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Philanthropy Basics: Get Involved, Give Back. It Feels Good.
You want to give back to your community, and you know you want to help those less fortunate than you. The San Francisco Bay Area has thousands of nonprofit charities, so how do you decide which is doing the best work, having the most impact, or fits with your values?
The good news is that San Francisco is home to some of the most innovative poverty-fighting nonprofits around. It also has scores of long-established charities that help thousands of people every year.
Community involvment, volunteering, giving back and philanthropy: Things to consider
Even if you do not live near San Francisco, the philanthropy basics included here can be applied to your own community. Before you give, here are some easy questions to ask yourself:
Who do I want to help?:
Children? Families? Veterans? Paroled felons? Recovering addicts?
Animals? The environment? Women in the developing world? Disaster or war
How do I want to help?: Food programs, savings programs,
job creation programs? With my cash or with my time? Can I get my
company or my personal networks invovled in my cause?
Why do I want to help?: To get more involved in my community? To feel better? To develop new skills? To make a difference?
All of these are terrific reasons to get involved. People get involved with charities for so many reasons, and all of them have merit. It helps to know why you are doing it, though, as it helps you find the right organization and kind of commitment to give the most back, and also to find the most reward for it. Getting involved in your community and devoting your time and resources to others feels better than so many other things we do. Serving others feels good, plain and simple.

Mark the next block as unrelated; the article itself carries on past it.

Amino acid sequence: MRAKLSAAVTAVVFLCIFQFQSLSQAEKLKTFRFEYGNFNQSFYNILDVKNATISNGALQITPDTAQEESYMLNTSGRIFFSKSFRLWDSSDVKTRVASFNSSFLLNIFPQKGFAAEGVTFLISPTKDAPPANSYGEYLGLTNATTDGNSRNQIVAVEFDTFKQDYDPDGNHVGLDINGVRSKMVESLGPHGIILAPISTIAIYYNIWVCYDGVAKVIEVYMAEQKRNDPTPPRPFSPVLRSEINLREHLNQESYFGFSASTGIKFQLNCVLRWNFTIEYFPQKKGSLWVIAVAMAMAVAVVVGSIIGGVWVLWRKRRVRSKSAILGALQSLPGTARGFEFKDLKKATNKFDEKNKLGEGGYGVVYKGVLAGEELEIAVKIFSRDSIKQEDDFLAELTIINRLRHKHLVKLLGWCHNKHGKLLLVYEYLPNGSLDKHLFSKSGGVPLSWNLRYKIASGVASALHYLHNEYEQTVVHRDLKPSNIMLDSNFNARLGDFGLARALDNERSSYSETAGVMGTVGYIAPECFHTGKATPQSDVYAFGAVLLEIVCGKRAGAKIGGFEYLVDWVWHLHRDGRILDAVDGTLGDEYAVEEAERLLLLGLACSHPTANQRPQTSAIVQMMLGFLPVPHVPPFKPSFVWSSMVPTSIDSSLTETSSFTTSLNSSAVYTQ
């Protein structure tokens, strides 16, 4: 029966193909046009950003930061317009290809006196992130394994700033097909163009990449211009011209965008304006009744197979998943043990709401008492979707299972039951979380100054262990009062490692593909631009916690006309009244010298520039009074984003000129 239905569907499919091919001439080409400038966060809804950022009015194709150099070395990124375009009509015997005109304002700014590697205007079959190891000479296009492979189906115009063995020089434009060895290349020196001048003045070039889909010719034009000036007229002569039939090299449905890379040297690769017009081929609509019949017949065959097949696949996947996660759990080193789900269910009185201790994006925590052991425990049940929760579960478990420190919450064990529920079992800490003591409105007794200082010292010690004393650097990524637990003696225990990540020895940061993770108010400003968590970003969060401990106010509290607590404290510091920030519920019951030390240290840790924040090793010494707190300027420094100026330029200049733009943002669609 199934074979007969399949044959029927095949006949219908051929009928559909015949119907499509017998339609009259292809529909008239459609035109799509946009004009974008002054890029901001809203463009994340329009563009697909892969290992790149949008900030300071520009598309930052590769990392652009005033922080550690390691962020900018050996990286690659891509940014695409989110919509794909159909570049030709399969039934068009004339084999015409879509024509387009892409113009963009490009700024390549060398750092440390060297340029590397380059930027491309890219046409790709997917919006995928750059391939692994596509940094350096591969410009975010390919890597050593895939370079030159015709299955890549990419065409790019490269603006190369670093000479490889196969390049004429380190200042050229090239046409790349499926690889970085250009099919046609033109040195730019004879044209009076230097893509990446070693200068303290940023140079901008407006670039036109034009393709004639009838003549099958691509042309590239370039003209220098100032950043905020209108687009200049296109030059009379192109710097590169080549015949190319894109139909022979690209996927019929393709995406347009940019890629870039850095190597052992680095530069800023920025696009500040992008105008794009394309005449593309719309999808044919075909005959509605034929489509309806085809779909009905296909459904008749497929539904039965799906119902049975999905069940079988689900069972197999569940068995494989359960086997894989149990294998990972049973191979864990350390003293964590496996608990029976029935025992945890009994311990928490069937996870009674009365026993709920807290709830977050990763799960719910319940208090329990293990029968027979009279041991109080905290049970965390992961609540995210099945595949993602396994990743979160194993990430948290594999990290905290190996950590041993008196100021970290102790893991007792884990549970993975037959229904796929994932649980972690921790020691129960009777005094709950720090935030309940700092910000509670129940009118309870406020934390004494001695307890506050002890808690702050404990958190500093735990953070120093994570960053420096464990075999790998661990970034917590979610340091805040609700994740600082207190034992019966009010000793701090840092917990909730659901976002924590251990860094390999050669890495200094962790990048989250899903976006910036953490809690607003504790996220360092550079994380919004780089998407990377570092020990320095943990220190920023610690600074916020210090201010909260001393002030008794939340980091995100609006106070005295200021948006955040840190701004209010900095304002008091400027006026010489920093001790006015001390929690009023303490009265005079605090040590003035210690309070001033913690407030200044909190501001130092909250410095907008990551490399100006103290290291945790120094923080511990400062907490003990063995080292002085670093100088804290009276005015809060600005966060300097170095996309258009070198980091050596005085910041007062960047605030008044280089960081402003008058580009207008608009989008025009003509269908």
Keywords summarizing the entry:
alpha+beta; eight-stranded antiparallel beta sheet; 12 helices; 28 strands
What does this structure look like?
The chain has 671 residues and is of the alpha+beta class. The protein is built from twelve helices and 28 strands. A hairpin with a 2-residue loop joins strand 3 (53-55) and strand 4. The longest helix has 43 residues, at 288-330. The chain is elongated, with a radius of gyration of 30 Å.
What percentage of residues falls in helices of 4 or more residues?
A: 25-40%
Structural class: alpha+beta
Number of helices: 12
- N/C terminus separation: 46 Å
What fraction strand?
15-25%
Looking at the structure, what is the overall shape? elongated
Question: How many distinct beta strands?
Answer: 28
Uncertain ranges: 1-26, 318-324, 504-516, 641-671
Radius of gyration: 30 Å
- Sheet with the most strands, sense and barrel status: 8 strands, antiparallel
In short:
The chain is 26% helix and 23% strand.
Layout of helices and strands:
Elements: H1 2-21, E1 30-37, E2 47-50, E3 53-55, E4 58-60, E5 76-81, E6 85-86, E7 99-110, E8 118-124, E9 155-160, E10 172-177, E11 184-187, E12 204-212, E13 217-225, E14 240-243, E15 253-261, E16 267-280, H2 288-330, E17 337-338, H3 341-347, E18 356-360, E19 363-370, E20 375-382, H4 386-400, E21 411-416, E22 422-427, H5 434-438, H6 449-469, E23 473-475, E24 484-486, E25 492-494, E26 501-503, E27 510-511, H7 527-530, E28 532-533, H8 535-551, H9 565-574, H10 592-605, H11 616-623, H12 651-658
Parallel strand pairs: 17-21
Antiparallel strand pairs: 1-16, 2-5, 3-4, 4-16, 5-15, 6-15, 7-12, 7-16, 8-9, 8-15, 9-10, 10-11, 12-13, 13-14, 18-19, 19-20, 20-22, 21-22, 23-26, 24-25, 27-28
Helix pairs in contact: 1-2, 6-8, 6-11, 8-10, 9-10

Why you should give back
There are so many benefits that come from getting involved in your community and "giving back."
Giving to charity, with your time or money or with your time and money, feels good. It really does. There is satisfaction in knowing that you are helping people who are less fortunate than you, that your contributions are making your community, even the world, a little bit better. It doesn't take a lot of time or even a lot of money to make a real difference.
Strong communities are built on people who care about them, and who doesn't want to live in a strong community? Improving your community will improve your own quality of life.
Volunteering can help you develop professional skills or personal skills that will stand you in good stead in your "regular" life. Serving on a nonprofit board is an easy way to gain leadership or executive skills while committing your time and energy to a cause that matters to you.
Donating money to charity and volunteering for a charity are a good way to teach your children valuable life skills — like compassion for the less fortunate, civic responsibility, financial stewardship, diversity, the value of money, and the limits of what money can buy you. There is a real joy that comes from becoming involved in a charity or a cause or your community, from seeing the world through a different lens to meeting new people to promoting a value you hold dear.
Often the "giver" gets the most out of any kind of philanthropic investment!